# Login window in Swing using MVP

I am trying to grasp MVP (like so many) and although there are quite a few resources out there, I'm not sure I really get it.

I am trying to do this without frameworks to really see what's going on.

Here's my code:

main method (only method in a special class called Main):

SwingUtilities.invokeLater(() -> {
JFrame mainWindow = new JFrame();
mainWindow = new JFrame("MainFenster");
mainWindow.setSize(500, 500);
mainWindow.setDefaultCloseOperation(JFrame.EXIT_ON_CLOSE);
mainWindow.setLocationRelativeTo(null);
mainWindow.setLayout(new BorderLayout());

mainWindow.setVisible(true);

});


View interfaces

public interface View {
// Not sure what woudl go here, but just in case...
}

public interface LoginView extends View {

void setErrorMessage(String errorMessage);

void navigateToHome(); // Should go here?

}

}

private JFrame mainFrame;
private JTextArea errorMessage;
private JPanel panel;

this.mainFrame = mainWindow;
inititialize();

}

private void inititialize() {

initializeComponents();

}

private void initializeComponents() {
errorMessage = new JTextArea();
errorMessage.setText("Hello");

// Could validation go here?
});
panel = new JPanel();

}

@Override
public void setErrorMessage(String errorMessage) {
this.errorMessage.setText(errorMessage);
}

@Override

}

@Override
public void navigateToHome() {
// TODO Auto-generated method stub

}

@Override
this.presenter = presenter;

}
}


Presenter interface and class

public class LoginPresenter implements Presenter, LoginView.LoginViewEventListener {

}

@Override
System.out.println("presenter called");

return; // OK?
}

}

@Override
public View getView() {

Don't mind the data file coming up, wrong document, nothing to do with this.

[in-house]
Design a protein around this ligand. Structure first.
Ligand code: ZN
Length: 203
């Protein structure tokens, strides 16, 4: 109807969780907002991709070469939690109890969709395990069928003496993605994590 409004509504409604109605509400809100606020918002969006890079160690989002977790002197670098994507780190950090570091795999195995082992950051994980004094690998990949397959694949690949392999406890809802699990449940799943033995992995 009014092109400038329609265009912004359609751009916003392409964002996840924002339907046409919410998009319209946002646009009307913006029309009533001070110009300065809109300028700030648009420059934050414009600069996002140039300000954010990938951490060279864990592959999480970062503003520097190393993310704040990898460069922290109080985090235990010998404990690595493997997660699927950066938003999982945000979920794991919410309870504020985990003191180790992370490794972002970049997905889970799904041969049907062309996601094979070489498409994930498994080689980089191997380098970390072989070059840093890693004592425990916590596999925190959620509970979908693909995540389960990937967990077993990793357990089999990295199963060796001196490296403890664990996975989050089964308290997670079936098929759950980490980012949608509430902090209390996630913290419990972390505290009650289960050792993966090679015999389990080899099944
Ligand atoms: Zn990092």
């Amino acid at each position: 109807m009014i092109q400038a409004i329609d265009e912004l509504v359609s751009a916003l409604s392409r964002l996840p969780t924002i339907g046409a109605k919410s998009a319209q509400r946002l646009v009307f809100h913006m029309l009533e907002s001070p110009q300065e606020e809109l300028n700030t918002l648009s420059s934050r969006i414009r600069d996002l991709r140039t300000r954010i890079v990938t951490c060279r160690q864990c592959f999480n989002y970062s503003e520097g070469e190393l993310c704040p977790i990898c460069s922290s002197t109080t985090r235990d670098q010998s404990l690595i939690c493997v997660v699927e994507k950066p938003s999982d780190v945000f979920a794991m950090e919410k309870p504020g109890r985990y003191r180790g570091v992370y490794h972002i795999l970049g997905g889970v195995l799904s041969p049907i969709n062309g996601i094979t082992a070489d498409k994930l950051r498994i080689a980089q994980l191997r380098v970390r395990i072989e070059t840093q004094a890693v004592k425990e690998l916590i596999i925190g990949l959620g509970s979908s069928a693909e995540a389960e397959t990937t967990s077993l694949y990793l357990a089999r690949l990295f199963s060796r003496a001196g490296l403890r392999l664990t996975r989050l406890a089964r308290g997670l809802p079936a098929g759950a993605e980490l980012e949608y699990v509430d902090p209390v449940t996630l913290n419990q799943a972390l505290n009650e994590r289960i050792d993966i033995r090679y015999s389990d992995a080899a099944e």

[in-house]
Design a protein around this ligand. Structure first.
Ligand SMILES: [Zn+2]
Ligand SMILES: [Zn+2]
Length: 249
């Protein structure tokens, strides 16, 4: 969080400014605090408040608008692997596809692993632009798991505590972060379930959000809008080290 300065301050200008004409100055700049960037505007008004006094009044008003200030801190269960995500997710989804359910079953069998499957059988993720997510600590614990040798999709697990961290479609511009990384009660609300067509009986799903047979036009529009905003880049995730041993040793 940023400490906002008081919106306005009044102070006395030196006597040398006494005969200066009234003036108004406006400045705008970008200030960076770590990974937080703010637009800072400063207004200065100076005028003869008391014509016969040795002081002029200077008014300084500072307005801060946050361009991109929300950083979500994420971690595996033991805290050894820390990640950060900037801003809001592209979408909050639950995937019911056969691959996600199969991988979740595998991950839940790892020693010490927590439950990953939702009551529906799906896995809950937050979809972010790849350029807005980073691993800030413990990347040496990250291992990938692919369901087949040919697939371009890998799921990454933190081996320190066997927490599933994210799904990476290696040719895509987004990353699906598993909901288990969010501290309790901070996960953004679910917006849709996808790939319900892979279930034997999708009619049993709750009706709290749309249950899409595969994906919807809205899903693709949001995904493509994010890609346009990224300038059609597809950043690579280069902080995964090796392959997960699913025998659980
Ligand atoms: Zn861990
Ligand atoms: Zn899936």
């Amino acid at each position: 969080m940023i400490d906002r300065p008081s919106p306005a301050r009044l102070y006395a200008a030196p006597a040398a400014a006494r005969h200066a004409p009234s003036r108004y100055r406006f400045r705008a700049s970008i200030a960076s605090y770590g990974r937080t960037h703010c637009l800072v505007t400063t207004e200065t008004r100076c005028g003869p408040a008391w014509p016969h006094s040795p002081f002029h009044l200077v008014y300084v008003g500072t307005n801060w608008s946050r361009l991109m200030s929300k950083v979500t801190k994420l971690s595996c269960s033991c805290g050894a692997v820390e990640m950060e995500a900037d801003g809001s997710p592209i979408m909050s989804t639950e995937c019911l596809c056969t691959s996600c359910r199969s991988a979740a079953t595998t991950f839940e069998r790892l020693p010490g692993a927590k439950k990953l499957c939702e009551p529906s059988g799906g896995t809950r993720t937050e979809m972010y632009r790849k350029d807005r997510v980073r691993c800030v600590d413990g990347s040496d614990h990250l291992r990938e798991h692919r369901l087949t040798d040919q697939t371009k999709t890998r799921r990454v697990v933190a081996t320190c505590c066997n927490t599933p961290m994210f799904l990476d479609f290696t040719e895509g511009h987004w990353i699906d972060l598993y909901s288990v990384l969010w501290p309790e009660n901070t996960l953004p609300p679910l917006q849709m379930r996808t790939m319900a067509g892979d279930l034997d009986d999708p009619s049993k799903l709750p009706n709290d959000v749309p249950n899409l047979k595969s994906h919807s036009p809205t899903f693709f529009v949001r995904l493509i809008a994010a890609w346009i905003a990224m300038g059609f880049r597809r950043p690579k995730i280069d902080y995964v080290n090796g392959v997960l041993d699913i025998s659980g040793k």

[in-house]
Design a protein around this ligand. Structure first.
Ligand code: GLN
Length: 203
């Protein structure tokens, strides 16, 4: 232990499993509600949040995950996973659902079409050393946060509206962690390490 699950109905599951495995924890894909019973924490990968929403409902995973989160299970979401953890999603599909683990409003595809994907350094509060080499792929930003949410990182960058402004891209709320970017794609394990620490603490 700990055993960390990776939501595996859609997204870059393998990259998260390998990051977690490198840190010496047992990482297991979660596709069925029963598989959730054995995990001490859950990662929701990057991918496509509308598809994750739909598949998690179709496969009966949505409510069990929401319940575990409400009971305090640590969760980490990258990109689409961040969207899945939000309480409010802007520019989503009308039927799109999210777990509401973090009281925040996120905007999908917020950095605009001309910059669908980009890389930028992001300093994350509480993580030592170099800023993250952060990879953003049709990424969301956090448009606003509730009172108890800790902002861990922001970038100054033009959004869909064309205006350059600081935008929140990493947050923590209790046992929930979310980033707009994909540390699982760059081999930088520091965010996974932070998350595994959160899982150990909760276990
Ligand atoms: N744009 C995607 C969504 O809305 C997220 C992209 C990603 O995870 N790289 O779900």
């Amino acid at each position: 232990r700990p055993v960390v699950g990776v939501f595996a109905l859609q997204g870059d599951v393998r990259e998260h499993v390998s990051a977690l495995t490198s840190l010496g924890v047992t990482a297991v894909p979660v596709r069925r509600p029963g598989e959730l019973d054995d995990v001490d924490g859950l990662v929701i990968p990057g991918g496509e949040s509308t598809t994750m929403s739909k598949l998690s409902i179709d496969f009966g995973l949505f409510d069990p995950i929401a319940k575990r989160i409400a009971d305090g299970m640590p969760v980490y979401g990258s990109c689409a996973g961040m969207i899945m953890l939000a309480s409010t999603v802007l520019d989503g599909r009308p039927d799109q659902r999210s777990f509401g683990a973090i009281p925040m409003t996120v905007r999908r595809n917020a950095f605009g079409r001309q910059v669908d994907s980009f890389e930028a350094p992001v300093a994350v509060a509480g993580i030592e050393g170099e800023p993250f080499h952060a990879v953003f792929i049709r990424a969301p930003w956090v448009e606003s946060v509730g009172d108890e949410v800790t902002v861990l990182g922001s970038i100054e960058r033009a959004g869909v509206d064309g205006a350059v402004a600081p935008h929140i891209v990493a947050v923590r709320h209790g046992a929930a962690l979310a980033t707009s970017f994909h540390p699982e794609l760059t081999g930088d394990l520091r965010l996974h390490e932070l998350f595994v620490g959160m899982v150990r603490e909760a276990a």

}
}


and the model just has getters and setters for the username and password

And here's an attempt at a unit test:

@RunWith(MockitoJUnitRunner.class)

@Mock
@Mock

@Before
public void setUp() {
}

@Test
}

}


So... is this going in the right direction?

Some more concrete questions are:

1. Should the view provide getter methods? Or should it pass the values to the presenter?
2. Should the view interface have a navigation method? Or should navigation be totally controlled by the presenter?
3. All my views need a reference to the main window / root pane or whatever, right?
4. Can I include small validity checks (empty username/password etc) in the view? Or should this go in the presenter, like in my case?
5. Should the presenter have knowledge of the model or should there be a service layer, like in my code? So should the login-method of my service return just a boolean to check if the login failed or a model-instance, like in my code?
6. What is meant by "the model is the business logic"? I thought the model was merely the java representation of a database table?

This is really tough for me to grasp.

Following are some improvements in your code. Implementing them is your choice:

1. In the class SwingLoginView, you may change private JTextArea password; to private JPasswordField password;. If you do that, change password.getText() to String.valueOf(password.getPassword()), because getText method in JPasswordField is deprecated.
2. Then, you may change private JTextArea username to private JTextField username because username is single-lined and JTextField is better for it.